In order to understand the special and distinguished position of the noble Prophet, peace and blessings be upon him, in this respect, it may be useful to remember the Divine address about guidance to Prophets Moses and Aaron, peace be upon them. As you know, while sending them to invite the Pharaoh to follow the true path, God Almighty commanded them to be mild: “But speak to him with gentle words, so that he might reflect and be mindful or feel some awe (of Me, and behave with humility)” (Ta-Ha 20:44). On the other hand, the Qur’an mentions the fact the Pride of Humanity already embodied such an exalted character by stating, “you were lenient with them” (linta lahum).

After revealing the Qur’anic character of the Prince of the Prophets, God Almighty drew attention to the beautiful results of his exalted and lofty qualities by stating, “Had you been harsh and hard-hearted, they would surely have scattered away from about you.” Afterwards, He revealed consecutive commandments about asking forgiveness for them and not abandoning consultation by stating: “Then pardon them, pray for their forgiveness, and take counsel with them in the affairs...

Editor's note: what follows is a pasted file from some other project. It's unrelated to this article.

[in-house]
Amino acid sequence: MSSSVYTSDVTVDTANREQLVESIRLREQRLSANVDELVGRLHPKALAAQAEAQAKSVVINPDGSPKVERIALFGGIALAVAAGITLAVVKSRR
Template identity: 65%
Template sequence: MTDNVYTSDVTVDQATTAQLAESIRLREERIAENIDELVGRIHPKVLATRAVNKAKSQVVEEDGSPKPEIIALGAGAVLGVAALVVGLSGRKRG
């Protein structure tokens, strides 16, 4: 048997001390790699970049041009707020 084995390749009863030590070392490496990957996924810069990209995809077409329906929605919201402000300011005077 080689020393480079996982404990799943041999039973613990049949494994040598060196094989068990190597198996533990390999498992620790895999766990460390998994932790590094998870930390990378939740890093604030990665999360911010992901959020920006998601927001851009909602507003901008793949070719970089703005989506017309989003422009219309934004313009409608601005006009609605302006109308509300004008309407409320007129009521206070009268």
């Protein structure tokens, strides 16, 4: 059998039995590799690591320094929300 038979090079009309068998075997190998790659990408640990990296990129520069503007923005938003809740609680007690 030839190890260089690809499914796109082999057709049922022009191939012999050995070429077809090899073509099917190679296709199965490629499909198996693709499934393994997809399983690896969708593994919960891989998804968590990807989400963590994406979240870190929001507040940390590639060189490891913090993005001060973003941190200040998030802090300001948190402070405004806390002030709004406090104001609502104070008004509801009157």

The elixir that changed defeat into victory

Before the Messenger of God, peace and blessings be upon him, went to Uhud, he consulted with his Companions, and for the sake of establishing the discipline of consultation, he acted in accordance with their opinion.[1] However, the result was a temporary defeat, which caused serious loss.[2] In case the noble Prophet was suffering from hurt feelings, God Almighty commanded His Messenger to act with leniency, ask forgiveness for them, and thirdly to consult with them once more about what needed to be done.